I had visited a friend in Daveyhulme whom I shall name her as Kay, on the 16th of April 2009. I went in the evening and she wanted me to demonstrate to her children how to make small cakes. It was a great opportunity for me; I always wanted to play with the children and doing some challenging activities.
When I arrived at her home I was welcomed with three Afro burbling girls ranging from 2 to eight years. They were all flashing their smiles to me that I felt home at once. My friend’s daughters are all brown in complexion and they have got dazzling African beauty hair. It’s pure natural hair with no chemicals on it. That is why it is called Afro hair. I instantly fell in love with their hair that I wished I could cut down my own relaxed one and to let it grow naturally. Their mother noticed how I envied her daughters’ hair. I looked at her and I saw her smiling. “Euna, I am actually proud of my daughters’ hair. When I went home in Botswana, I found most urban girls no longer interested in relaxing their hair but to maintain their natural Afro hair. It’s beautiful. I decided to let my children’s hair to grow naturally,” she said with profound tone. “I only use the hot comb to straighten it,” she continued with her conversation. I listened to every word she said and finally we all went to sleep.
The following day we rushed to the bus stop and we were all going to Manchester. She was with her eldest daughter whom she wanted to show her around Manchester town. The bus arrived and we go on to the bus. I flashed my own weekly bus pass. I saw my friend paying her bus pass but not later, I overheard her conversation with the bus driver. She was a white female driver of a medium body size. Her age was between early forties to late forties. “I can’t see her face,” I heard the bus driver shouting on top of her voice. Not knowing what was going between my friend and the female driver I turned around and smiled. I did not hear my friend’s respond because when it comes to speaking her voice is always low and she does not want to draw any attention, no matter how critical things are. Unlike me, I have big voice and I always want to speak facts as they are.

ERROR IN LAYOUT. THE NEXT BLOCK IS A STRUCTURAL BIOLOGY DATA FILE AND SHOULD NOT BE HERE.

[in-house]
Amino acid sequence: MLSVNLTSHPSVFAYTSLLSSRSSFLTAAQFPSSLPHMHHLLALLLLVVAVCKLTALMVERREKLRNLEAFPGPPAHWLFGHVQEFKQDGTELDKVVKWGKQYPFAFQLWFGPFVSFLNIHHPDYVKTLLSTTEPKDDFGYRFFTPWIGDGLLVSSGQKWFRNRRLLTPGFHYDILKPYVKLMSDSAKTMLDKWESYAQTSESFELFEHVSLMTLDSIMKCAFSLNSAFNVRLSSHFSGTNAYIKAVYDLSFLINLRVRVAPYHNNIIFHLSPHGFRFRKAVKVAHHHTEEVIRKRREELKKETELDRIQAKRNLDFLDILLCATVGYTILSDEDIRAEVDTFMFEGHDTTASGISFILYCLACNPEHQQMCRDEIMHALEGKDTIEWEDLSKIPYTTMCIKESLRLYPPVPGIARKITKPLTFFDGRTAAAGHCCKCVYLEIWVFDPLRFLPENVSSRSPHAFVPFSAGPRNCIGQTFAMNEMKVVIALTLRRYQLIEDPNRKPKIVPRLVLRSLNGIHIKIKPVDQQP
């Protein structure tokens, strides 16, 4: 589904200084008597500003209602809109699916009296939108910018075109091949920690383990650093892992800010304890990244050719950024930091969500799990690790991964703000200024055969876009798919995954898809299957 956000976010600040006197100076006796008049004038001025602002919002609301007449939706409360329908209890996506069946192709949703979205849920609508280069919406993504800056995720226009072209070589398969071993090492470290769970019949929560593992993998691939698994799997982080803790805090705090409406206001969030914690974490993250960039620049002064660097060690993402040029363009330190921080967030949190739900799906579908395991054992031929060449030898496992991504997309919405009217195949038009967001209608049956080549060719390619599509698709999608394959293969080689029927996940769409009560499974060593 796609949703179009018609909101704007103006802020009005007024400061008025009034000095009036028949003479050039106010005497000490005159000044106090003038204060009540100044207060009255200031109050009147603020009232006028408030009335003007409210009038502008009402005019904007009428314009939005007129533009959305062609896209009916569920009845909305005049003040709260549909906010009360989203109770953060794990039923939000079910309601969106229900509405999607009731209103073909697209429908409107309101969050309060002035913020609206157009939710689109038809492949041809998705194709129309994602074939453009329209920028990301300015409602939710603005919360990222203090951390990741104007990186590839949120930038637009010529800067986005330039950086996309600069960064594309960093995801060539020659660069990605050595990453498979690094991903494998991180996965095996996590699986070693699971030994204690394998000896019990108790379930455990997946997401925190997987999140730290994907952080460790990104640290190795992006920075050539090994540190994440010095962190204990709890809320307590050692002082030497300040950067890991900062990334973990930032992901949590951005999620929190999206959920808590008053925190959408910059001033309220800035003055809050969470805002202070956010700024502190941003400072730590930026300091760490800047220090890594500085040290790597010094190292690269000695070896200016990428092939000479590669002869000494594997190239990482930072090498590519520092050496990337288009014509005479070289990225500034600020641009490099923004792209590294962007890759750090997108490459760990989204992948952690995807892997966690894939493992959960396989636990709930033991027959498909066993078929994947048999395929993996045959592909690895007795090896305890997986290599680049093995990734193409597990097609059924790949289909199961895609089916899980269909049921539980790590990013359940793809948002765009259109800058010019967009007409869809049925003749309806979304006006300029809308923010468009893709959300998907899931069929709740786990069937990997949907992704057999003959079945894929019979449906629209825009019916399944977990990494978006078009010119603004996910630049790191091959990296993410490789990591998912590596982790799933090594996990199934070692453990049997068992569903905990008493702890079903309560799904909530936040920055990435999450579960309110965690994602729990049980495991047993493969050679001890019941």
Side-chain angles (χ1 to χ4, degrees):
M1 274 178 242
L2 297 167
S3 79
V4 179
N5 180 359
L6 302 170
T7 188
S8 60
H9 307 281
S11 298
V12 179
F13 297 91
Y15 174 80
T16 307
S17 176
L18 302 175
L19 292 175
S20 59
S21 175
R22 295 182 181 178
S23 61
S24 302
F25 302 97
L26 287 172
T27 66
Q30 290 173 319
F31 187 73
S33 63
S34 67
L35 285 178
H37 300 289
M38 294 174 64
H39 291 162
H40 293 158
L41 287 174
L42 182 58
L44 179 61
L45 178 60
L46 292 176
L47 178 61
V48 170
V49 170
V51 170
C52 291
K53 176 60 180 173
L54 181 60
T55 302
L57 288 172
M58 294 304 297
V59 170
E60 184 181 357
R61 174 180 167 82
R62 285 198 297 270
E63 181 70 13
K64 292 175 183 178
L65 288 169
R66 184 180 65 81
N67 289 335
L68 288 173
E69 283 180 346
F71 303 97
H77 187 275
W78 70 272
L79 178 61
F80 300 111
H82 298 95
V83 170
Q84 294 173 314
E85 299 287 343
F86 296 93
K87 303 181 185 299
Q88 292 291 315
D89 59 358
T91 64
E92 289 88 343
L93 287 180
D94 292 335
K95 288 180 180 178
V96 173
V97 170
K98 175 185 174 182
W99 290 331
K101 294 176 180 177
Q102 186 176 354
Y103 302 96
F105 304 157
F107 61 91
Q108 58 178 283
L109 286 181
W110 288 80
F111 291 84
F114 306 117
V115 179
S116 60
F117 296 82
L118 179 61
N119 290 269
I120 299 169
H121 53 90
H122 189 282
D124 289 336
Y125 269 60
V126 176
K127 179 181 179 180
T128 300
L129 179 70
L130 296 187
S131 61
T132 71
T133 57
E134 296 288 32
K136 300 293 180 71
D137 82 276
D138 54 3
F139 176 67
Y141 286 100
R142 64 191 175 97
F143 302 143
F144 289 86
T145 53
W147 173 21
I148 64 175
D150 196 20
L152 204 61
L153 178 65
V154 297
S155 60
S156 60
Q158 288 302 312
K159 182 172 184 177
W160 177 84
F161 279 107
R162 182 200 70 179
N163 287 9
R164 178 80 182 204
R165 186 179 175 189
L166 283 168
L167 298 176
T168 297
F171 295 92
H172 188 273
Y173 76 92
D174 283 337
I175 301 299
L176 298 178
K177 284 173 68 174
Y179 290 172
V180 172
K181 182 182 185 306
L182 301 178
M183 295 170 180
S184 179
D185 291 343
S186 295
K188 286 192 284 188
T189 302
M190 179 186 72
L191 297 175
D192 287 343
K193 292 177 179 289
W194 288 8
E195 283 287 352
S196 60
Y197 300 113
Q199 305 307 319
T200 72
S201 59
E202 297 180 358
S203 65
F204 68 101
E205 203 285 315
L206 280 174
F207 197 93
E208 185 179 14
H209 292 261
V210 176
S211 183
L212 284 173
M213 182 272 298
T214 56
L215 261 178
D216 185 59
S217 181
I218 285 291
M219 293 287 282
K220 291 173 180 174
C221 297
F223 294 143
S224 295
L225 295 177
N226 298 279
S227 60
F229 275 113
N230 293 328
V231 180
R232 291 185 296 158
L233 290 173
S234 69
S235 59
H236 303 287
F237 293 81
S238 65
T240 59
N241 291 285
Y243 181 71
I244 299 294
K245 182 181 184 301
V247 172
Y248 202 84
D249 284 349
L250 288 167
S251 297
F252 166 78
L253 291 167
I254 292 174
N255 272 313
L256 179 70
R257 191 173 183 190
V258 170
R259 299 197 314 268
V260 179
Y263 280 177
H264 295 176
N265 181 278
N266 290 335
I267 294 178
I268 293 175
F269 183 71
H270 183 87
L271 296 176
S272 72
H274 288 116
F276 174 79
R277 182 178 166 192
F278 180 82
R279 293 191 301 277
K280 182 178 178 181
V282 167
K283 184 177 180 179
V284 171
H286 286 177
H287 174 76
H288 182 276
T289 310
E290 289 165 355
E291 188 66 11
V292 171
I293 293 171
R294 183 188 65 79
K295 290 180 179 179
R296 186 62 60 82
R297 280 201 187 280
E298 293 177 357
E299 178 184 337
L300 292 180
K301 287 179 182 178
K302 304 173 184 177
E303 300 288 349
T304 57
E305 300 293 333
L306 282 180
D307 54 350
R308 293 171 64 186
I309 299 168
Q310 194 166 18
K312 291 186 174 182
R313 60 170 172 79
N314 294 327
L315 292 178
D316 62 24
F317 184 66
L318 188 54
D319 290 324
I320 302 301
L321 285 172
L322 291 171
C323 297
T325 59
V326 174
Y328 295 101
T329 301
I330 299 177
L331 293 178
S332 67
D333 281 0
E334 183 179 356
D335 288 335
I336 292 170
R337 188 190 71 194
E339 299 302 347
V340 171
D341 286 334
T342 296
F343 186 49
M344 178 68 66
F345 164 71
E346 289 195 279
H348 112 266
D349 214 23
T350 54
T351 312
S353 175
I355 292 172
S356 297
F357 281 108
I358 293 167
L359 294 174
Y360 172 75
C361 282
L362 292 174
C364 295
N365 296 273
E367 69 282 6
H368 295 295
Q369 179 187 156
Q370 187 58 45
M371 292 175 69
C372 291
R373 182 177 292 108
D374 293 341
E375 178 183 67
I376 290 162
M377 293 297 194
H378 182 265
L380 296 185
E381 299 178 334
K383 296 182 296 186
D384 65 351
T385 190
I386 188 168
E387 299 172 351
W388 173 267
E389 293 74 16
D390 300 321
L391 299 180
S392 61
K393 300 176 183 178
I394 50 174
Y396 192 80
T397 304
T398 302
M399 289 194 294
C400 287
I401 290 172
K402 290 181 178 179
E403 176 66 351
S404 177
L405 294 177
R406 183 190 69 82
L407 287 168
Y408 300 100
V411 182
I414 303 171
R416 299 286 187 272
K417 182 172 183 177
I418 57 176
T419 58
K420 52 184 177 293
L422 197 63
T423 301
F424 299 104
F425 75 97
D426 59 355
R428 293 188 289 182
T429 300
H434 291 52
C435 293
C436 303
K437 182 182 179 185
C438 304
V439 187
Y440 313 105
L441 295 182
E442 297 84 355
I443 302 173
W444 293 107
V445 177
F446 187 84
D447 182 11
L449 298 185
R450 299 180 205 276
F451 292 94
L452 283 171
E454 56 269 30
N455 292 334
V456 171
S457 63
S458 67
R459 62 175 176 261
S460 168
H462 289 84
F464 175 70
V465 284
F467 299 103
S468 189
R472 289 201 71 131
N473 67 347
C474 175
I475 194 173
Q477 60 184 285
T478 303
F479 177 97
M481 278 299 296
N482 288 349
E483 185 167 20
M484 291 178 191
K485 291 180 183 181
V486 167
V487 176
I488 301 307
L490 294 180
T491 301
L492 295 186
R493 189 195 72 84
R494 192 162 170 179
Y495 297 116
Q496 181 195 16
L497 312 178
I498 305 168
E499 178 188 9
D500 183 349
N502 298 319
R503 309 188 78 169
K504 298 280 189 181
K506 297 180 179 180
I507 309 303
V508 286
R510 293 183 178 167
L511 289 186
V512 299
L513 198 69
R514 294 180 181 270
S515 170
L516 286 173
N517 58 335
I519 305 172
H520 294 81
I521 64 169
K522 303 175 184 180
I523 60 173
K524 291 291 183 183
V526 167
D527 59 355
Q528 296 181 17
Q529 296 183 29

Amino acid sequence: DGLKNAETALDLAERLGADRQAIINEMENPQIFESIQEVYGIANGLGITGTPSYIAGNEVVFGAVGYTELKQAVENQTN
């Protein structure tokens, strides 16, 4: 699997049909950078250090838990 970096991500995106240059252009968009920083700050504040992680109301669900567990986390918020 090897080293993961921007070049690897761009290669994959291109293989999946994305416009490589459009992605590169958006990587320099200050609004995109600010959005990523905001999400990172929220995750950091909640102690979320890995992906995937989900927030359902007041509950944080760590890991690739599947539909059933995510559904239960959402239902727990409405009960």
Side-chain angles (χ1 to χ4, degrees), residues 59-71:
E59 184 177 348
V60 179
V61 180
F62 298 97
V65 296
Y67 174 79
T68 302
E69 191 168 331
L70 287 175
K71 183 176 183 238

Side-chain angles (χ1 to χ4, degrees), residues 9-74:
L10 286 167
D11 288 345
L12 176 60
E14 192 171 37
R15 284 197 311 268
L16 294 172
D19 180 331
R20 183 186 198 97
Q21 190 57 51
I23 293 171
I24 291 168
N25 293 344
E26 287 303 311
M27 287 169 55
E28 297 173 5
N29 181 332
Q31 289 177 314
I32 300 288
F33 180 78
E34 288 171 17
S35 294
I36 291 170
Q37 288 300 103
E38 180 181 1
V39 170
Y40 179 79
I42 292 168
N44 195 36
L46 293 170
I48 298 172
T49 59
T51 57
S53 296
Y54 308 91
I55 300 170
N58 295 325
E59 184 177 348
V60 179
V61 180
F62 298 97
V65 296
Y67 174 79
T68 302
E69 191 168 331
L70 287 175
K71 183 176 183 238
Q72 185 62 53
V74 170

I went up stairs, followed by her daughter. We found our sits and relaxed on them. It was not a while when my friend turned up. Her face looked disappointed. I did not want to ask her, I waited for her to speak. It did not take long before she flooded into life. “Euna,” I’m actually disappointed that the bus driver did not believe me that my child is a girl. In her mind she thinks is a boy and that I, the mother of the child I’m lying. She even asked me to pay the bus for “him”. Whenever I traveled with her, none of the drivers had ever asked me to pay for my daughter’s travel expenses except today,” she said. I could easily understand her frustration. “How much did you pay for her journey?” I asked her. “80 pence,” she answered. “Is it for the whole day?” I asked her again. “No, the bus driver said she can’t have a bus day saver,” she replied. “How could the bus driver, could not believe you that you are telling truth about the gender of your child. She thinks you could only lie to her so that you can not pay the 80 pence after all you are a fully qualified mid wife. What proof did she want to prove that you are telling the truth?” I found myself asking these questions but I was getting angry towards this arrogant driver.
“When, we get down, I am going to speak to her,” I told my friend. “No, no, Euna, please leave her alone,” she begged. “How could you let things go like that, you have to speak your mind,” I said. “Euna, this is not the first time happening, whenever my husband travels with our girls, people always tell him how lovely are “his boys”. Even if they are wearing pink lovely attire, some white people always pin point them as boys and it also annoys my husband,” she said with a bitterness tone. “Probably they haven’t seen African people with their natural hair and they always think that if they are girls they should have their hair relaxed,” I added. When it was time to alight from the bus, I grabbed her daughter’s hand and went straight to the driver. “Driver, this child you are looking at is a pure girl not a boy as you think. You should have believed her own natural mother when she told you that her child is a girl,” I voiced. “I did not see her face,” argued the bus driver. “It is not on her face where you can truly identify the child’s gender,” I fired back. I did not finish my conversation because we were already rushing for another bus. It was food for thought that a bus driver could not trust the mother of the child but use her own false judgment. Was it because the mother was black and therefore everything of black is tarnished and full of lies. What kind of prejudice, in a world that moving from its past to a betterment world.